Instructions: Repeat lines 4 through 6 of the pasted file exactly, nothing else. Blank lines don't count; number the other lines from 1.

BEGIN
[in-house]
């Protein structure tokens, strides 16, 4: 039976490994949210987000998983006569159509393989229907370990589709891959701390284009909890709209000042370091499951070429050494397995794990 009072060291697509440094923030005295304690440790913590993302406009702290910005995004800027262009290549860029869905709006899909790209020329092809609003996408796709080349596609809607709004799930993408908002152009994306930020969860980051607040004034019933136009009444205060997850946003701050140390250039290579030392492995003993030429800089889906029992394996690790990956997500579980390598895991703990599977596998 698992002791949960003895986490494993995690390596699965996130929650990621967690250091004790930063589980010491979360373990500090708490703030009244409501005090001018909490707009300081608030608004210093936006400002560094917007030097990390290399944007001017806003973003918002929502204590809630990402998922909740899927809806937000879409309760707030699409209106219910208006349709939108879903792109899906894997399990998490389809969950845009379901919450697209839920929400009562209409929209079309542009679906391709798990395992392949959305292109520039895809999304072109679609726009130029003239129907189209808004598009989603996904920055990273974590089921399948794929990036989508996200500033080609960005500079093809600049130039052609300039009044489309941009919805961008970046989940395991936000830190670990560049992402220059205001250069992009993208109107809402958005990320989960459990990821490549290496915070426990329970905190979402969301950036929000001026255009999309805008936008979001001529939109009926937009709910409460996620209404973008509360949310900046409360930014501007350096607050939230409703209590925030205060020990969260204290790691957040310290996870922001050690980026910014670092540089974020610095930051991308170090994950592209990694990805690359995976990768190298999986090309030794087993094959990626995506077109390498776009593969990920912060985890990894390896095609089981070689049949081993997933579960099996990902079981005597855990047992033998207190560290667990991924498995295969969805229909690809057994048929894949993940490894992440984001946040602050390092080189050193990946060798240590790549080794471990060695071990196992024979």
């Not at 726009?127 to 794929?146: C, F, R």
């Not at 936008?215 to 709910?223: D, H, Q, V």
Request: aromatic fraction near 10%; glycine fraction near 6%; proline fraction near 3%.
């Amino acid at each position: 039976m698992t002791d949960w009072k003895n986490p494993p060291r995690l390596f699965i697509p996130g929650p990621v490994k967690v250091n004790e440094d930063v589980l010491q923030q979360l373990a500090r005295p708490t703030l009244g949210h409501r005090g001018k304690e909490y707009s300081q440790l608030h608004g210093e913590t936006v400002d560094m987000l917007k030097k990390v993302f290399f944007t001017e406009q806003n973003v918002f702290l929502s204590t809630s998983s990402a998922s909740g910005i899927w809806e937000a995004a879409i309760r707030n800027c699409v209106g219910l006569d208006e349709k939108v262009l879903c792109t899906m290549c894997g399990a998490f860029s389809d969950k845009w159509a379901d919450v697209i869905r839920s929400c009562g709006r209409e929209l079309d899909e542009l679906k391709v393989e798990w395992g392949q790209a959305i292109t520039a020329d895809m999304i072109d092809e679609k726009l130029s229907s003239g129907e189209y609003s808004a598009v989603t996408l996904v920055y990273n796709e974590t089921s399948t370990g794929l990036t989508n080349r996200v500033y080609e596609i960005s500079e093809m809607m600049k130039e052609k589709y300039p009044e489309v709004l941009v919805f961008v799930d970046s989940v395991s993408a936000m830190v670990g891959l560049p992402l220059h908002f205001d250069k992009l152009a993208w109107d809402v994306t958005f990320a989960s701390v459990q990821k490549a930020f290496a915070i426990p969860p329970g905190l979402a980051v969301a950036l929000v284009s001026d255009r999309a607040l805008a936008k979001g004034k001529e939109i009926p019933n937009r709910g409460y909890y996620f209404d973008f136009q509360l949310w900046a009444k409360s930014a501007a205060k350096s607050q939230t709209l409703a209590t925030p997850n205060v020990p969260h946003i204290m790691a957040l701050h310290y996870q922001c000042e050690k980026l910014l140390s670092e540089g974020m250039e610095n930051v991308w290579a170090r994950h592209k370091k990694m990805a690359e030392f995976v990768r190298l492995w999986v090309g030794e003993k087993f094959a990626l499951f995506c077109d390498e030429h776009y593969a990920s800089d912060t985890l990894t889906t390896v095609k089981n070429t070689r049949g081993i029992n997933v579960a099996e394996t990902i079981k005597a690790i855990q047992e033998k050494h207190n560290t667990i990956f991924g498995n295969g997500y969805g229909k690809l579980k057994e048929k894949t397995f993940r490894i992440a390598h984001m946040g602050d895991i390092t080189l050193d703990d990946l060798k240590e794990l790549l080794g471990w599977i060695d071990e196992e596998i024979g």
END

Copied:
């Not at 936008?215 to 709910?223: D, H, Q, V």
Request: aromatic fraction near 10%; glycine fraction near 6%; proline fraction near 3%.
């Amino acid at each position: 039976m698992t002791d949960w009072k003895n986490p494993p060291r995690l390596f699965i697509p996130g929650p990621v490994k967690v250091n004790e440094d930063v589980l010491q923030q979360l373990a500090r005295p708490t703030l009244g949210h409501r005090g001018k304690e909490y707009s300081q440790l608030h608004g210093e913590t936006v400002d560094m987000l917007k030097k990390v993302f290399f944007t001017e406009q806003n973003v918002f702290l929502s204590t809630s998983s990402a998922s909740g910005i899927w809806e937000a995004a879409i309760r707030n800027c699409v209106g219910l006569d208006e349709k939108v262009l879903c792109t899906m290549c894997g399990a998490f860029s389809d969950k845009w159509a379901d919450v697209i869905r839920s929400c009562g709006r209409e929209l079309d899909e542009l679906k391709v393989e798990w395992g392949q790209a959305i292109t520039a020329d895809m999304i072109d092809e679609k726009l130029s229907s003239g129907e189209y609003s808004a598009v989603t996408l996904v920055y990273n796709e974590t089921s399948t370990g794929l990036t989508n080349r996200v500033y080609e596609i960005s500079e093809m809607m600049k130039e052609k589709y300039p009044e489309v709004l941009v919805f961008v799930d970046s989940v395991s993408a936000m830190v670990g891959l560049p992402l220059h908002f205001d250069k992009l152009a993208w109107d809402v994306t958005f990320a989960s701390v459990q990821k490549a930020f290496a915070i426990p969860p329970g905190l979402a980051v969301a950036l929000v284009s001026d255009r999309a607040l805008a936008k979001g004034k001529e939109i009926p019933n937009r709910g409460y909890y996620f209404d973008f136009q509360l949310w900046a009444k409360s930014a501007a205060k350096s607050q939230t709209l409703a209590t925030p997850n205060v020990p969260h946003i204290m790691a957040l701050h310290y996870q922001c000042e050690k980026l910014l140390s670092e540089g974020m250039e610095n930051v991308w290579a170090r994950h592209k370091k990694m990805a690359e030392f995976v990768r190298l492995w999986v090309g030794e003993k087993f094959a990626l499951f995506c077109d390498e030429h776009y593969a990920s800089d912060t985890l990894t889906t390896v095609k089981n070429t070689r049949g081993i029992n997933v579960a099996e394996t990902i079981k005597a690790i855990q047992e033998k050494h207190n560290t667990i990956f991924g498995n295969g997500y969805g229909k690809l579980k057994e048929k894949t397995f993940r490894i992440a390598h984001m946040g602050d895991i390092t080189l050193d703990d990946l060798k240590e794990l790549l080794g471990w599977i060695d071990e196992e596998i024979g």